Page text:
Major depressive disorder affects nearly one in four teenagers. Some characteristics of this disorder include irritability, fatigue, and low self-esteem. A major concern for this group in particular is suicide, especially since suicide is the third leading cause of death amongst teenagers. With traditional antidepressants, SSRIs, taking weeks to months to be effective and with over 40% of teenagers being non-responsive to traditional treatments, ketamine therapy may be a fast-acting treatment alternative.
A recent Yale study researched the effect of ketamine infusions on adolescents who had previously tried an antidepressant but were unresponsive. A significant, rapid decrease in depressive symptoms such as suicidality and feelings of hopelessness was observed among the group that was given ketamine compared to a placebo.
Another study conducted at Florida State University observed the effects of ketamine on adolescent rats. The rats were put through stressful situations to induce depression-like behavior. The ketamine reversed the depression-like behavior of the adolescent rats.
In a 2018 study, 13 adolescents with treatment-resistant depression were administered ketamine intravenously. Over two weeks, the participants were given six infusions. Five of the participants met the criteria for clinical response and of the five, three participants had sustained remission of depressive symptoms 6 weeks follow up, and two participants relapsed two weeks out. The results of this study highlight the potential of ketamine as a sustained treatment for depression.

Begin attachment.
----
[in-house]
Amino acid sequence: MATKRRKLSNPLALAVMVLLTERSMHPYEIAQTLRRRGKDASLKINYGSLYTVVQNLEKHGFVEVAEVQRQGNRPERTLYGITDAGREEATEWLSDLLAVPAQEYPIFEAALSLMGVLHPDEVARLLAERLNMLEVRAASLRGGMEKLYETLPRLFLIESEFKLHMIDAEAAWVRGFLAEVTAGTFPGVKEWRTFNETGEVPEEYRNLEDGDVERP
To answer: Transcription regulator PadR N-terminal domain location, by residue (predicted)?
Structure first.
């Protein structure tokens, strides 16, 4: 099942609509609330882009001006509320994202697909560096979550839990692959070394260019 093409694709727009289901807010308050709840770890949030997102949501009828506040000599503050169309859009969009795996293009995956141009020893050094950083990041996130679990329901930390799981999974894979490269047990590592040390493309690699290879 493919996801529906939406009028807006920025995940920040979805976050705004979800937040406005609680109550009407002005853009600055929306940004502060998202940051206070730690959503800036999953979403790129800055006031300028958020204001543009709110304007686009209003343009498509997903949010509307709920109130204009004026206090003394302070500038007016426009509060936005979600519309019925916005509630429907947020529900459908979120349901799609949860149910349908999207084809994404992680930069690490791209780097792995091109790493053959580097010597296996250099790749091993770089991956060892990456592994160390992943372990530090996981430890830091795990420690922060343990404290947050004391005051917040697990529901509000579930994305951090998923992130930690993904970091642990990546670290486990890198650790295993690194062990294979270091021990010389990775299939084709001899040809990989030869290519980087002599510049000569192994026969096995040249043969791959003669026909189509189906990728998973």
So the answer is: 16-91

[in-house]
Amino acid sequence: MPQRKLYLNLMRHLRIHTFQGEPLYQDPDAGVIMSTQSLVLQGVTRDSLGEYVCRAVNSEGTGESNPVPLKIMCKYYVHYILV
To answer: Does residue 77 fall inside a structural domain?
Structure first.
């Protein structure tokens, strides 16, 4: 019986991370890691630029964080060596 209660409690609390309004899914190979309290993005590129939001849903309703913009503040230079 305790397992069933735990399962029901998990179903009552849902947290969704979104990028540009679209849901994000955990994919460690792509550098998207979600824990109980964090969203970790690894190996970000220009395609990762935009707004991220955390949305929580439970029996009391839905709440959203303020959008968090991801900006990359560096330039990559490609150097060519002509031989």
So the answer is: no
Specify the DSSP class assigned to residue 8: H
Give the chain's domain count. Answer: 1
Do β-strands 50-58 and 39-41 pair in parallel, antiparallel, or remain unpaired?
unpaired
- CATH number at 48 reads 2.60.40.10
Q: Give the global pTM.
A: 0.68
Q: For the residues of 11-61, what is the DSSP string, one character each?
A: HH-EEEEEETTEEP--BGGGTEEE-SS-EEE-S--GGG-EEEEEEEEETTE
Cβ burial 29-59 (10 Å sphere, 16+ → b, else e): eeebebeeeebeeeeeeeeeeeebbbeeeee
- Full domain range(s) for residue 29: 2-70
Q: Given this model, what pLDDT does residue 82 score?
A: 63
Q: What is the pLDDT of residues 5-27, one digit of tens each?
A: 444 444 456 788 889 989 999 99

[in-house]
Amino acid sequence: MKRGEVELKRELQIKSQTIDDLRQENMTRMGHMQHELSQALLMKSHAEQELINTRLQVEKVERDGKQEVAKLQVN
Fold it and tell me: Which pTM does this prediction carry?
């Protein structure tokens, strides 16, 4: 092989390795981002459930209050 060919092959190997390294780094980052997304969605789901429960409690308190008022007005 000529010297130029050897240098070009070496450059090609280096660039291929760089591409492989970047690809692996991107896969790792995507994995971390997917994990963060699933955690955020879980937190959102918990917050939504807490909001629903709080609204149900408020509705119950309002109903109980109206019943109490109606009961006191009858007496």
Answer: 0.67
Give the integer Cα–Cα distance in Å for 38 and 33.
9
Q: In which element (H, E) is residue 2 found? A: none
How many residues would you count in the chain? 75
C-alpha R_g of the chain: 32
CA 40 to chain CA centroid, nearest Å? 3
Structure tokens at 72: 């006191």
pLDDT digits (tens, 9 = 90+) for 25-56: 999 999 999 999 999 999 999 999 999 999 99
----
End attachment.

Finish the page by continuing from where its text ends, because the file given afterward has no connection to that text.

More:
Teenagers who have depression are at significant risk and may not respond to traditional antidepressants. Having another option for this population is important because changing the mindset and behaviour patterns early in life can impact the quality of their lives into adulthood.
Dwyer, Jennifer, et al. “1002. Ketamine as a Treatment for Adolescent Major Depressive Disorder.” Biological Psychiatry, vol. 81, no. 10, 2017, doi:10.1016/j.biopsych.2017.02.729.
Parise, Eric M., et al. “Repeated Ketamine Exposure Induces an Enduring Resilient Phenotype in Adolescent and Adult Rats.” Biological Psychiatry, vol. 74, no. 10, 2013, pp. 750–759., doi:10.1016/j.biopsych.2013.04.027.
Cullen, Kathryn R., et al. “Intravenous Ketamine for Adolescents with Treatment-Resistant Depression: An Open-Label Study.” Journal of Child and Adolescent Psychopharmacology, vol. 28, no. 7, 2018, pp. 437–444., doi:10.1089/cap.2018.0030.